Eight Legged Freaks
A toxic waste spill causes a bunch of exotic spiders in a small town to grow to the size of cars and terrorize its inhabitants.
A truck carrying hazardous materials accidentally drops one of its containers into a small lake, contaminating it and its delicate ecosystem. Trouble arises when the wacky town entomologist feeds his collection of exotic spiders contaminated crickets, which act as a sort of spider ''steroid.'' The result is a horde of giant, hairy spiders that prey on the town's unsuspecting inhabitants. Sheriff Sam Parker (Kari Wuhrer) doesn't believe her son Mike (Scott Terra) when he tries to warn her about what's going on, but blames his ''media-induced paranoid delusional nightmare'' on too much boob-tube watching. Then, when mining engineer Chris McCormick's (David Arquette) aunt gets spun--literally--into one of the spider's webs, he enlists the help of Sheriff Parker and paranoid radio announcer Harlan Griffin (Doug E. Doug) to fight off the eight-legged freaks. Armed only with rakes, ski poles and chainsaws, the townspeople fight off the spiders in a losing battle before Chris comes up with a master plan that will blow the arachnids to smithereens.
Prankster Arquette (See Spot Run) tones down his funnyman routine in Eight Legged Freaks and takes on the role of the humble hero. It's refreshing to see Arquette playing a more subdued character with less of a slapstick edge, although I half expected him to start yelling at people to ''dial straight down the center.'' As the sheriff, Wuhrer (Berserker) plays her dual role well as a headstrong single mother of two and the town leader. Sure, she looks a little too hot to be a chief law enforcement officer, but maybe some sheriffs really do look like that in small-town America. While the laughs may not have been coming from Arquette, there were enough to be had thanks to Doug, whose most memorable role to date has to be Sanka Coffie from the 1993 comedy Cool Runnings. His radio announcer in this film believes the government is conspiratorial and that the spiders are the alien invasion he has been warning people about for decades. Doug delivers some of the movie's funniest lines.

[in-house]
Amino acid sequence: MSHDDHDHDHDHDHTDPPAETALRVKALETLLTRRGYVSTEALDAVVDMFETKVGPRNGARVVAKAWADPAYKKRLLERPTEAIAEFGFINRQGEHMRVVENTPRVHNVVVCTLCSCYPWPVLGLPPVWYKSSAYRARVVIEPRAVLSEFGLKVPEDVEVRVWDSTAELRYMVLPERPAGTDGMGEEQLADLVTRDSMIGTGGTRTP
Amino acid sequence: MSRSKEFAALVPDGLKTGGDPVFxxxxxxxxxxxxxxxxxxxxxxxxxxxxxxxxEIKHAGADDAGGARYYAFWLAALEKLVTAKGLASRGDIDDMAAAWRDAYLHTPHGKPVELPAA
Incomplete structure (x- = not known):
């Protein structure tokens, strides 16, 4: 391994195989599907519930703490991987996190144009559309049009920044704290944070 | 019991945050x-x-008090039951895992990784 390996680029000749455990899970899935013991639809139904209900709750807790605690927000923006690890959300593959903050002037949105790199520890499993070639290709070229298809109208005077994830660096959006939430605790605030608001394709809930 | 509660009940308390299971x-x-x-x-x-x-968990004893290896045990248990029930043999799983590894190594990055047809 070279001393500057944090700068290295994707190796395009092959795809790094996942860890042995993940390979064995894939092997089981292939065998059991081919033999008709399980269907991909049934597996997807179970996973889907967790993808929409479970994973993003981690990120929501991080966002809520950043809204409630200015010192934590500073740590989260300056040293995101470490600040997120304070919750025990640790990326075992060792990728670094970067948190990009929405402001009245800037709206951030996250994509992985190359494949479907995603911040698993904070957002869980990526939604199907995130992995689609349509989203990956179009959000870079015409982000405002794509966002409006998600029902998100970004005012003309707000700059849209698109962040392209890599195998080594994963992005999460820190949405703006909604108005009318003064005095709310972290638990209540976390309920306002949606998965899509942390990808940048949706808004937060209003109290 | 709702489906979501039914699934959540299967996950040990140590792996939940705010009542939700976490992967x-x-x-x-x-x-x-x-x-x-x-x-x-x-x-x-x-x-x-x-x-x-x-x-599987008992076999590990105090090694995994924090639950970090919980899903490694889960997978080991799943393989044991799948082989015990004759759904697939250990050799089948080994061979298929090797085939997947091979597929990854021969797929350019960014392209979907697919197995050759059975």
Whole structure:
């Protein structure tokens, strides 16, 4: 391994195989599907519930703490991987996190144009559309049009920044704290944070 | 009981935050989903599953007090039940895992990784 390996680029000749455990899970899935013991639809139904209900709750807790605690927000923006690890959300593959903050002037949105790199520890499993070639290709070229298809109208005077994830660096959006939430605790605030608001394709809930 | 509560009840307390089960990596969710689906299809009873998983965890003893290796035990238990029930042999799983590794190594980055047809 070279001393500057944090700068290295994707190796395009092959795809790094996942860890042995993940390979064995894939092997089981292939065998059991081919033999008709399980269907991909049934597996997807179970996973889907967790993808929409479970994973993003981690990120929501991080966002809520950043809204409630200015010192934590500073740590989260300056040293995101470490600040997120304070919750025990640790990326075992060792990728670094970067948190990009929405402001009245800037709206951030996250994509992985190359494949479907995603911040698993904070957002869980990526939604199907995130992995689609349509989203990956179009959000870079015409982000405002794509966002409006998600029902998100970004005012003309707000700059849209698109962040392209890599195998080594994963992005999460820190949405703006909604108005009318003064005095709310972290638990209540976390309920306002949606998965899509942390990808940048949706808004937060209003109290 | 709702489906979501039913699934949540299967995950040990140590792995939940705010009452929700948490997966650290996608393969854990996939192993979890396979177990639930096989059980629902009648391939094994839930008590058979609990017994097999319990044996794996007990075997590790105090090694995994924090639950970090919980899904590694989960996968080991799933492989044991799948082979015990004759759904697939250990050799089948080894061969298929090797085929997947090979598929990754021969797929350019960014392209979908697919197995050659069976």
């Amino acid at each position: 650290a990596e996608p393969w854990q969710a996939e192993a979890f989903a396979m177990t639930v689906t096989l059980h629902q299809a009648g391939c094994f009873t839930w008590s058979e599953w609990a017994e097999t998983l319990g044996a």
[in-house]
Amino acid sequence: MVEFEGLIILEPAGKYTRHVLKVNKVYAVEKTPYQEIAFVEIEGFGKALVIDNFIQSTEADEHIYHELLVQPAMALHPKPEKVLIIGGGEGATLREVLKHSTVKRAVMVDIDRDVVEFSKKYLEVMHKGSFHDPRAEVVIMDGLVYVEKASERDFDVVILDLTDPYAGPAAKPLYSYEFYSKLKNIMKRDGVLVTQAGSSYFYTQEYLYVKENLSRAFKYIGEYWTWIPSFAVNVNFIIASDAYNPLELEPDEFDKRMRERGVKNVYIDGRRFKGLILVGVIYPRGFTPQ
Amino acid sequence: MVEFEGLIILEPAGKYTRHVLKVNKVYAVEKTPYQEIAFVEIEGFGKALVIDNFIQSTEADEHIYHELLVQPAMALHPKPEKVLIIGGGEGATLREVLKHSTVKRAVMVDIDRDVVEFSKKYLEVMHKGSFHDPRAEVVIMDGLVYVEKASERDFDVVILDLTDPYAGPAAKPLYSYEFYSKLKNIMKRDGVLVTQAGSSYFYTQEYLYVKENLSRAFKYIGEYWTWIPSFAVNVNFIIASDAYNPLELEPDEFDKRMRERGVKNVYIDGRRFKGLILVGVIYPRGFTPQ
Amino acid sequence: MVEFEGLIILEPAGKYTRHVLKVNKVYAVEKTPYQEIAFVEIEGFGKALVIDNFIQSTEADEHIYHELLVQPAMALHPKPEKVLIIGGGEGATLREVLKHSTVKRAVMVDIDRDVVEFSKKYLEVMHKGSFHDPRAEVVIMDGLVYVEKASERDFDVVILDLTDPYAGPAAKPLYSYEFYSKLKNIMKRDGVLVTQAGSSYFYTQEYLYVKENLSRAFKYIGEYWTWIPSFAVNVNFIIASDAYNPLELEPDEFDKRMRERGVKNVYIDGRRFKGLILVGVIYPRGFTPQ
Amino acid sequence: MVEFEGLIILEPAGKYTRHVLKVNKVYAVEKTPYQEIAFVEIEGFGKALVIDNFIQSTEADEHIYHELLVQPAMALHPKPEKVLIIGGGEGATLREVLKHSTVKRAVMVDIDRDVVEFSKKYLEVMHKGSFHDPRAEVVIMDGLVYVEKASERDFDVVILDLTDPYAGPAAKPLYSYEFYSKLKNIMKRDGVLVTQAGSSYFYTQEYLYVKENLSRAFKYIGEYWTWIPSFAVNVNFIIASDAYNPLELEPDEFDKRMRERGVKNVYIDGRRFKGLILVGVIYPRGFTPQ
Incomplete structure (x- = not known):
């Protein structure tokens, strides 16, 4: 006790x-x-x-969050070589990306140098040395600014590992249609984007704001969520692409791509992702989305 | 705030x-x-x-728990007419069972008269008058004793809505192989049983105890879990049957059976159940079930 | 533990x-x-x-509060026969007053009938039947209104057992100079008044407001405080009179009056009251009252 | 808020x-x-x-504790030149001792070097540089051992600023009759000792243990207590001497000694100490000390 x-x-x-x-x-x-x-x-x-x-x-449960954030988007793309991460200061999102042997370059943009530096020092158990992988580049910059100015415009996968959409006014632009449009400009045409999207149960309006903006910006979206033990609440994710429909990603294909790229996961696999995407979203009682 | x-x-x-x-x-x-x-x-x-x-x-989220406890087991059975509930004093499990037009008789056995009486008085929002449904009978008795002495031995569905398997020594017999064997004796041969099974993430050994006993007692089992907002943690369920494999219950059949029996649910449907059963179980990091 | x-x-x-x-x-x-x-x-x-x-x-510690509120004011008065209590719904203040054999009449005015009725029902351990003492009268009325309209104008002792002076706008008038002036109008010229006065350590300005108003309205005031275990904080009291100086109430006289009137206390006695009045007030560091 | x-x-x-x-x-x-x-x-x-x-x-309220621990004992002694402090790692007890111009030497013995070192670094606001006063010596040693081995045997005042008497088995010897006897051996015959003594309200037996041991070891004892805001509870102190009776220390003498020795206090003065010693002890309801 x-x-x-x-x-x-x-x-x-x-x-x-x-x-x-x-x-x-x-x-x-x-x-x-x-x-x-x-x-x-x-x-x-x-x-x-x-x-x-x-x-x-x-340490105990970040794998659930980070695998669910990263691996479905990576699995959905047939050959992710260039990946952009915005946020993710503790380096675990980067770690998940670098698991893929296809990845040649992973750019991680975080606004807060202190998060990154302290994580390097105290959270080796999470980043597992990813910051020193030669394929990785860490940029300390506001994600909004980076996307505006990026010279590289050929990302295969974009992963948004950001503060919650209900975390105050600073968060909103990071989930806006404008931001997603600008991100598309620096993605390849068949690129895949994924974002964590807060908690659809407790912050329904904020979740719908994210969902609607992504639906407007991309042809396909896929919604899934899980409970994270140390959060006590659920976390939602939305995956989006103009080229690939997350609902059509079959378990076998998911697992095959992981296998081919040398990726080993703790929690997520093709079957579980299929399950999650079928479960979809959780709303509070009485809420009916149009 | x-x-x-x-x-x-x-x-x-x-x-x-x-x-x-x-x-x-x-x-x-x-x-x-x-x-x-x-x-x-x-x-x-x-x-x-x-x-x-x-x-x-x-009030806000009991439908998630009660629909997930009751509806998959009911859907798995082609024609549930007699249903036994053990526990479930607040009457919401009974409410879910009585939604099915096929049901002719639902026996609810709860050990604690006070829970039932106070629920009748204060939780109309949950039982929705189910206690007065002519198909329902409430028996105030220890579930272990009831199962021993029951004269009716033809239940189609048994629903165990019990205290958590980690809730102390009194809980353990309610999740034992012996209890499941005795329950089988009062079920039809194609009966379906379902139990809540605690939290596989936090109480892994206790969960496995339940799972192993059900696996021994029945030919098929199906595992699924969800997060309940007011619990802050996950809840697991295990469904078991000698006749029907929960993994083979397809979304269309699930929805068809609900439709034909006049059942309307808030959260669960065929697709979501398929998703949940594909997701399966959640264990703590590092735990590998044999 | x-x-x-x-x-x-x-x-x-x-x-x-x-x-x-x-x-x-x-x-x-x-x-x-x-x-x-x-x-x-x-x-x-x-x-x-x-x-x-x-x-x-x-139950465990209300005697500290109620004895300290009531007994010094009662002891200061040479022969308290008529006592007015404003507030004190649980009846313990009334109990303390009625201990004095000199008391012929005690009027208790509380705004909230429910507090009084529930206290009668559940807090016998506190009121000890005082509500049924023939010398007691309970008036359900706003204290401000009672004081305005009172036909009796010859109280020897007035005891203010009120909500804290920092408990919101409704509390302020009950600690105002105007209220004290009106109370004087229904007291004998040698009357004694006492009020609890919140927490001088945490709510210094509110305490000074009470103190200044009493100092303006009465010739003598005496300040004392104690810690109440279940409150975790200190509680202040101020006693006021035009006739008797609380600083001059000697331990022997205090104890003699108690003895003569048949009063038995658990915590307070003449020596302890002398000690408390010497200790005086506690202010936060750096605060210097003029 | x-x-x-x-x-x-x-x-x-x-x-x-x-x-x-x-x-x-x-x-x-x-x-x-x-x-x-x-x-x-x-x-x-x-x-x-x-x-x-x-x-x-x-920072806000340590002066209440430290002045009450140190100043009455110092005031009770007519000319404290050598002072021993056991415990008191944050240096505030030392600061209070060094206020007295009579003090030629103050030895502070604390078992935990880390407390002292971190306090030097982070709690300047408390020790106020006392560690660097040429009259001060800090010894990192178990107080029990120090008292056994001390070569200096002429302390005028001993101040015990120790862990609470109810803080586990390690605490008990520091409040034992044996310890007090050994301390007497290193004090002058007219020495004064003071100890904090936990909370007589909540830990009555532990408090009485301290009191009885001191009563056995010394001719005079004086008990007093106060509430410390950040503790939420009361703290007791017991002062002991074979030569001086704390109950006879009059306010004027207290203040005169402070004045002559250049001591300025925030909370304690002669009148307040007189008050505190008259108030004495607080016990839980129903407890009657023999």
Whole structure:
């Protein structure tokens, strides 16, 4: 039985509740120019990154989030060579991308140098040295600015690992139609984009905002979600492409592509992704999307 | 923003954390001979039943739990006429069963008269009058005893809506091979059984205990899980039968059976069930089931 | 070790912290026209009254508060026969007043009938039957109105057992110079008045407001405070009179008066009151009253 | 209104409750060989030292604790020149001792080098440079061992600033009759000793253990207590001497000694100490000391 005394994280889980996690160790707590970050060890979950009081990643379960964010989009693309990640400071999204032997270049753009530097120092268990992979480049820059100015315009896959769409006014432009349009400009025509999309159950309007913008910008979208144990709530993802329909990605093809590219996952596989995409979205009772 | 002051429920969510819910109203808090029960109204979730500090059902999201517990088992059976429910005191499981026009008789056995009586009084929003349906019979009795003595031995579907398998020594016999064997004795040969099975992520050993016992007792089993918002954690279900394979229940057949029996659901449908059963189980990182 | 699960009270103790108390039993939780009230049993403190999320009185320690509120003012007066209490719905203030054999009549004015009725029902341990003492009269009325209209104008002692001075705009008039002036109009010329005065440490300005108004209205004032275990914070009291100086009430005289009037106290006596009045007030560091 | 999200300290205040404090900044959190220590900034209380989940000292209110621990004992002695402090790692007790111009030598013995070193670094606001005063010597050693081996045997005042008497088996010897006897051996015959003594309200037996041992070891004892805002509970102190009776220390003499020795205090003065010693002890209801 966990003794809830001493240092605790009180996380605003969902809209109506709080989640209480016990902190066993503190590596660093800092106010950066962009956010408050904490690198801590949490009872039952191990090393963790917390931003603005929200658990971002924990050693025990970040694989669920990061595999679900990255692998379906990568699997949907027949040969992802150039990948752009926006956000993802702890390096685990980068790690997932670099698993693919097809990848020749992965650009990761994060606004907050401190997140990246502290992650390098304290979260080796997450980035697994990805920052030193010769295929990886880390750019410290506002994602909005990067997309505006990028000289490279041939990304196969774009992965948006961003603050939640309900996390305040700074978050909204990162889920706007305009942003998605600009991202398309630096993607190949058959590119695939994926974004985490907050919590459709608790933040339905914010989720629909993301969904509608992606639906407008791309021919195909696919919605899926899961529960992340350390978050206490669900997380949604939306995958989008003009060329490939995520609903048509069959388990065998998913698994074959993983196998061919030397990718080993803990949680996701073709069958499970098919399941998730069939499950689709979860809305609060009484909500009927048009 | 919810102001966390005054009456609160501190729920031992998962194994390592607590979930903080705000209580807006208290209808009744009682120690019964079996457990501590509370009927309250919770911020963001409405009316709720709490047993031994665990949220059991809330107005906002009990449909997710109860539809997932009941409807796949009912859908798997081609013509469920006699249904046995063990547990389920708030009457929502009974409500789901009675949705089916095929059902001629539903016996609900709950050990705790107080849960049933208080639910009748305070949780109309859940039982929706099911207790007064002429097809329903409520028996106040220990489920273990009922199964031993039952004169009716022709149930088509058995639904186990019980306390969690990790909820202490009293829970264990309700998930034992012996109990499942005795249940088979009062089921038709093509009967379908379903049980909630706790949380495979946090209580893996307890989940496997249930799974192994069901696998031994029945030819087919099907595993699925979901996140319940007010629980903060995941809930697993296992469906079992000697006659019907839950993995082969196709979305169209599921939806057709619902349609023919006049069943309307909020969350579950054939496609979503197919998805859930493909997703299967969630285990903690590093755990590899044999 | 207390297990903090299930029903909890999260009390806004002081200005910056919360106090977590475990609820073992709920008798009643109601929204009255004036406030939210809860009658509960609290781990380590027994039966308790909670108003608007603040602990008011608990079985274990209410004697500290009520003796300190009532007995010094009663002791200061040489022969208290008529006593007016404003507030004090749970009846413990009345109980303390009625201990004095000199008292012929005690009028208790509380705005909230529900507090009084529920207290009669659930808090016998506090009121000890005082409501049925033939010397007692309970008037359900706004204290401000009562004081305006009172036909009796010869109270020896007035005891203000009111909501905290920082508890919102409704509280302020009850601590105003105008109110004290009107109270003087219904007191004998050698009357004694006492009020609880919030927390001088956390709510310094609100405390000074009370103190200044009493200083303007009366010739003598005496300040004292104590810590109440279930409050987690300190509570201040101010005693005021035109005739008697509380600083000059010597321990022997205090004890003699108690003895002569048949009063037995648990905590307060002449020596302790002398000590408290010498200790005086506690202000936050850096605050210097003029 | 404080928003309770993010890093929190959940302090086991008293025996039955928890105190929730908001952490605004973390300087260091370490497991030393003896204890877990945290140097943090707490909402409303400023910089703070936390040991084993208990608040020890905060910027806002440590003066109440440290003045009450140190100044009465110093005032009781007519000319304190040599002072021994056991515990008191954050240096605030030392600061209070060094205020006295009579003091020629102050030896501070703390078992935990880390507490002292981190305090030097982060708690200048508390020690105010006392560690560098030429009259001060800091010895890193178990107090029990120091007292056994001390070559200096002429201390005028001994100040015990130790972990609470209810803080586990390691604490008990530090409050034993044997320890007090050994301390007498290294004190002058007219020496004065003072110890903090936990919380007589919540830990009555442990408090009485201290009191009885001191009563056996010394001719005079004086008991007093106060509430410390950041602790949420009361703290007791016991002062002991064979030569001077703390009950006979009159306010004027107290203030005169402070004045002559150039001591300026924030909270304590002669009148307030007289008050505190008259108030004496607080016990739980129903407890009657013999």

New Zealander Ellory Elkayem (Larger Than Life) wrote and directed Eight Legged Freaks, a sort of homage to mid-1950s B-movie sci-fi thrillers, like Tarantula or Earth vs. the Spider. But while these cult films were funny merely by accident--Tarantula director Jack Arnold probably wasn't being intentionally campy--Eight Legged Freaks at times seems to try too hard. Packing in one joke after another takes away from the spiders' scariness, making them seem more like a practical joke than a potentially annihilating threat. The special effects are extremely slick, however, and the spiders are well done, with techniques approaching those in the 1997 sci-fi actioner Starship Troopers (but none of the gigantic CGI spiders are as scary as the real-life tarantulas caged up in terrariums at the start of the movie). Although at 99 minutes the film moves quickly, the final scene in which the townspeople are being chased through a labyrinth of mining tunnels drags on a bit too long.
Eight Legged Freaks is a simplistic and mildly entertaining movie that is bigger on laughs than scares, even if you are a true arachnophobe at heart.